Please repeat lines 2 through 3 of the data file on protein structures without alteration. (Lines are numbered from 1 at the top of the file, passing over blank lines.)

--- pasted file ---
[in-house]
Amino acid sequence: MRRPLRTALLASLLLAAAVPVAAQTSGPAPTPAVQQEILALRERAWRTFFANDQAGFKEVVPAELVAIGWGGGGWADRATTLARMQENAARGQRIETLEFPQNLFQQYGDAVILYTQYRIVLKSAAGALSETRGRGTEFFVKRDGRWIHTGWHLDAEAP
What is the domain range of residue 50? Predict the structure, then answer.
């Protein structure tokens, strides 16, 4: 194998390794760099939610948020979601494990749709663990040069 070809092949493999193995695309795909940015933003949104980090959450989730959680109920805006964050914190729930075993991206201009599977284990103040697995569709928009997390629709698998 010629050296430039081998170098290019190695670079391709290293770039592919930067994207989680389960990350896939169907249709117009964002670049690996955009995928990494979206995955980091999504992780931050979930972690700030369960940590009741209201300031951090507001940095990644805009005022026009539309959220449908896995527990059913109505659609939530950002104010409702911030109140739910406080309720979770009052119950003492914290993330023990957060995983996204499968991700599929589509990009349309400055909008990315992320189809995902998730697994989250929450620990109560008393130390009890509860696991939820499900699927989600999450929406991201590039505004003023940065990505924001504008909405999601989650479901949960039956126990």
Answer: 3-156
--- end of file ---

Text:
Amino acid sequence: MRRPLRTALLASLLLAAAVPVAAQTSGPAPTPAVQQEILALRERAWRTFFANDQAGFKEVVPAELVAIGWGGGGWADRATTLARMQENAARGQRIETLEFPQNLFQQYGDAVILYTQYRIVLKSAAGALSETRGRGTEFFVKRDGRWIHTGWHLDAEAP
What is the domain range of residue 50? Predict the structure, then answer.